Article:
KZN has highest number of ‘squatting’ tenants

Nationally, the number of tenants in good standing with their rent is declining. Picture: Cottonbro Studio/Pexels

Nationally, the number of tenants in good standing with their rent is declining. Picture: Cottonbro Studio/Pexels

Published Aug 8, 2023


Tenants in the Western Cape are the most committed to paying their rent while, at the other end of the scale, the highest number of squatting tenants live in KwaZulu-Natal.

TPN’s latest Residential Rental Monitor for the first three months of 2023 reveals that 5,09% of tenants in KZN are not paying their rent, an increase from 4,67% in the fourth quarter in 2022.

Gauteng is only marginally behind in the number of squatting tenants at 4,58%.

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When it comes to rental payment performance by rental band, the report states that tenants paying R3,000 or less a month – the lowest rental band – continue to struggle to pay their rent, with a continued deterioration of tenants in good standing.

Tenants paying between R7,000 and R12,000 have been the best-performing category of tenants since 2014, with the highest proportion of tenants in good standing of all rental bands, says Waldo Marcus, industry principal at TPN Credit Bureau.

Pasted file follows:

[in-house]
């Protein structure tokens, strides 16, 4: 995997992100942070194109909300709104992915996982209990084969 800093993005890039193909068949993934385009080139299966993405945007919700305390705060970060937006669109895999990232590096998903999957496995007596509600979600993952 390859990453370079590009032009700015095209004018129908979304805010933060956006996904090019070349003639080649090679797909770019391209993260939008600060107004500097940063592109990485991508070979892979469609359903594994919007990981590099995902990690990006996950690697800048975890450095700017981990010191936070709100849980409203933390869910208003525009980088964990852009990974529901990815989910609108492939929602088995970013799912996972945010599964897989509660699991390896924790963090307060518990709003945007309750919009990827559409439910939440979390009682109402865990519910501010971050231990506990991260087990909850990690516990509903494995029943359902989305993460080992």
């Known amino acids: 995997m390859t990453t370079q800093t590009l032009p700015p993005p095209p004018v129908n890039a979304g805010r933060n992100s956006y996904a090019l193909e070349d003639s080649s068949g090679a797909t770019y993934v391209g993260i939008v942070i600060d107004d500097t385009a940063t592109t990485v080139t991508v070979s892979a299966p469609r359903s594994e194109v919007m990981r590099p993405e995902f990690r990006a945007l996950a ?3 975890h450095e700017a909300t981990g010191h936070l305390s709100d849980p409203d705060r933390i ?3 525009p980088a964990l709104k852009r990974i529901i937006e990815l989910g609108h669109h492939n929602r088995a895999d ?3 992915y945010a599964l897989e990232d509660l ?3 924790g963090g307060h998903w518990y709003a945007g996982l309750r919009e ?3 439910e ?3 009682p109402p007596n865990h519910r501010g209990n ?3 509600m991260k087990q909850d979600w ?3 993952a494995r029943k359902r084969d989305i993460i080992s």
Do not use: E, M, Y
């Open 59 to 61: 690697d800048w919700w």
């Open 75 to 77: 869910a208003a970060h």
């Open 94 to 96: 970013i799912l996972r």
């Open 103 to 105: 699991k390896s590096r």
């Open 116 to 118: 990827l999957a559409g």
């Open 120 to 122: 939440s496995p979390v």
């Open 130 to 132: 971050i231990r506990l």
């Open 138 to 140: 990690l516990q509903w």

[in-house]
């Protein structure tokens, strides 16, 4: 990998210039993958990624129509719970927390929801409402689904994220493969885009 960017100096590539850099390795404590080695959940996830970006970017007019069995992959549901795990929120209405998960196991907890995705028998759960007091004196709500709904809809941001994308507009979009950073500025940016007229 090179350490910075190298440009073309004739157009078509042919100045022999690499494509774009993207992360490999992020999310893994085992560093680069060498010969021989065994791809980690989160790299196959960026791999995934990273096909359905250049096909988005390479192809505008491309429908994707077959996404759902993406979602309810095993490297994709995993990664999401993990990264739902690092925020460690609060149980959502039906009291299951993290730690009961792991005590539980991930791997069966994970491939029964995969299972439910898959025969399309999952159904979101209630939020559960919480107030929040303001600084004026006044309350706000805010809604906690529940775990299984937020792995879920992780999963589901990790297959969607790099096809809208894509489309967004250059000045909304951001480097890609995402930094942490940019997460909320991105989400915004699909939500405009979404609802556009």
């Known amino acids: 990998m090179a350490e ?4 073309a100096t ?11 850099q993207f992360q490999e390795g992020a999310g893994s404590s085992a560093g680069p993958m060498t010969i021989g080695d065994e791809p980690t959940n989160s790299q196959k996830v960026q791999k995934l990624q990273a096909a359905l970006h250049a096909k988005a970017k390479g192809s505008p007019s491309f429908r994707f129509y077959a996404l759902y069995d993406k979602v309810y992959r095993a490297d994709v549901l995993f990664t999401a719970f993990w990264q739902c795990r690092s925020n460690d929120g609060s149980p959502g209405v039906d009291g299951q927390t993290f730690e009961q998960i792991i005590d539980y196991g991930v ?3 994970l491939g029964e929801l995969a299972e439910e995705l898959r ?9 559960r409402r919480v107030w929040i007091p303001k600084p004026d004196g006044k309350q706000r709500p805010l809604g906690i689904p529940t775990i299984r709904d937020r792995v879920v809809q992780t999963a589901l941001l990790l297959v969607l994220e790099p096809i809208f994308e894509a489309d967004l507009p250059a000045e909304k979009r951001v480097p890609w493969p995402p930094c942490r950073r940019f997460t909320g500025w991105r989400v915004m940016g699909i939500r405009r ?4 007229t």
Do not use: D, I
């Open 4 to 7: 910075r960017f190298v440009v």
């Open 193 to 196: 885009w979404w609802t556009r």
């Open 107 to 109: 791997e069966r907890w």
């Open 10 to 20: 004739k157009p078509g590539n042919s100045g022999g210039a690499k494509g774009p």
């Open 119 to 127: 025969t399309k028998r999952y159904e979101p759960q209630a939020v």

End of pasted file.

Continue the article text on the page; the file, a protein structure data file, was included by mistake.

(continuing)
This is followed by tenants paying between R12,000 and R25,000 per month.

Tenants that are not in good standing with their rent are not just confined to KZN though, as, nationally, this number has deteriorated in all provinces. Waldo Marcus, industry principal at TPN Credit Bureau says the decline has occurred for three consecutive quarters as economic challenges continue to filter into households.

This mirrors the result of the National Credit Regulator’s age analysis which indicates that almost all consumer credit types in good standing deteriorated slightly in the same time period. TPN’s Squat Index, defined as the number of tenants who on a monthly basis fall into a category of non-payment, has also seen an increase in the last two quarters, he says.

“Although overall sentiment in the (residential rental) sector remains positive, property owners need to consider how a tenant’s late or no payment will impact them. Tenants classified as squatting pose a severe risk to the ability of landlords to collect and recover rental due. Landlords, therefore, need to act proactively and utilise the various legal tools available to them to collect the outstanding rental.”

Marcus further advises that escalations should be considered cautiously given that consumers are under extreme and ever-increasing pressure.

“Landlords need to take advantage of the current market strength but bear in mind that there is an upward trend in the number of tenants classified as squatting. They, therefore, need to ensure that adequate tenant risk monitoring is implemented to mitigate the risk of an increase in defaulting tenants.”

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